“It was a challenge. And I wanted to beat the glass and get it to do what I wanted it to do.
You can’t stop once you start. There’s no time-outs”
Glass blowers: know one? Chances are, you don’t. They’re a rare breed of artists practicing an ancient craft. Cory Ballis didn’t know any either…until he became one. After taking a glass blowing class to fill an elective requirement while studying at Fresno State several years ago, he got hooked. Now, the 32-year-old operates one of only two glass blowing studios in Fresno. (The other just happens to be run by Ballis’ mentor, Bob Kliss.) It’s a very small community forged literally by fire.
Coming from a family of artists, Ballis’ destiny may have been sealed from the start. But glass wasn’t a medium even he anticipated falling in love with until he took that class at Fresno State. But it wasn’t the beauty of blowing glass that left Ballis “mesmerized,” but the challenge. The struggle to beat the glass, as Ballis puts it.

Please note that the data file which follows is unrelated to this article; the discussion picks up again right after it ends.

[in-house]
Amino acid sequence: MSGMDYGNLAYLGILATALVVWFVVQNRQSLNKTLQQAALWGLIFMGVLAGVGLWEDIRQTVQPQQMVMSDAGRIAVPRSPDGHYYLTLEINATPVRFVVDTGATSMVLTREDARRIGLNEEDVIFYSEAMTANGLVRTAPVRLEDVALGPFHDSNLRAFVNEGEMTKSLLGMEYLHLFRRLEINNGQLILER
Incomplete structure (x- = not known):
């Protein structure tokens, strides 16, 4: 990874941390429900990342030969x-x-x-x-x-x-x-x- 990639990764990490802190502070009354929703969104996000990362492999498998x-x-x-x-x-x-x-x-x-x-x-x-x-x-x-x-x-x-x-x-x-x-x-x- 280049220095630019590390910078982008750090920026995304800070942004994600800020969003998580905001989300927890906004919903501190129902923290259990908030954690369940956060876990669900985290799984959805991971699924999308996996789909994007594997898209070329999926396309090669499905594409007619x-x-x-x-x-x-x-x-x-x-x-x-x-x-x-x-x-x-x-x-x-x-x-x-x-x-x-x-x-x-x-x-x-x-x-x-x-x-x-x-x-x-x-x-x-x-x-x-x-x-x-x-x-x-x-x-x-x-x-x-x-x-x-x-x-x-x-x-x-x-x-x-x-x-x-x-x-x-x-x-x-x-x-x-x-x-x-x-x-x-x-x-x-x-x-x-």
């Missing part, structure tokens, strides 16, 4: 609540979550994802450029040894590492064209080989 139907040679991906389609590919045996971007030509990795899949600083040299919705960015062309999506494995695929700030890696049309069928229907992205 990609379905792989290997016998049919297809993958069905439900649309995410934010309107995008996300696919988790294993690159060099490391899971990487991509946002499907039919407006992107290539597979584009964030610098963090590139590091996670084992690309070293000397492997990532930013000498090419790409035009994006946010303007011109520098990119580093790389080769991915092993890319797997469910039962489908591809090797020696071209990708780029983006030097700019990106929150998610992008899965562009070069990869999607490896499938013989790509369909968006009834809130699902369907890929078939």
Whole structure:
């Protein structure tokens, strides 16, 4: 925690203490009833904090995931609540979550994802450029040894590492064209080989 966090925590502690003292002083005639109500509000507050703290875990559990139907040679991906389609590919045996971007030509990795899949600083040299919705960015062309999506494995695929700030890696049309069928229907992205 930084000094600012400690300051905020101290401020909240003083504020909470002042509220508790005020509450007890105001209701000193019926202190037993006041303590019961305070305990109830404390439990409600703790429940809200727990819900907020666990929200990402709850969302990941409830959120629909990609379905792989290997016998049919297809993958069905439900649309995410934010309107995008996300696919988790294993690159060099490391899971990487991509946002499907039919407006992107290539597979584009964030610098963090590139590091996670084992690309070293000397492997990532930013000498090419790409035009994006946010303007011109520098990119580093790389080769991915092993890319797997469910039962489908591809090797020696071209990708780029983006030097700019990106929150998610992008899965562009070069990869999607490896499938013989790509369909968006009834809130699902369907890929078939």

In May 2014, Ballis started his own studio. The new business venture happened to coincide with his 30th birthday. He recalls it being a great day sitting on the back porch blowing glass. Currently Ballis works out of a space at Fresno Ideaworks in downtown, where he creates functional art (mainly drinkware) in a kaleidoscope of colors, and one-of-a-kind sculptural pieces. He travels the West Coast selling his wares and indulging his nomadic inclinations.
Here, Ballis talks about how he got into glass blowing, why the difficulty of the art form is what connected him to it, and just what kinds of temperatures he works in while creating his pieces. If you think 106 degrees is hot, just wait.
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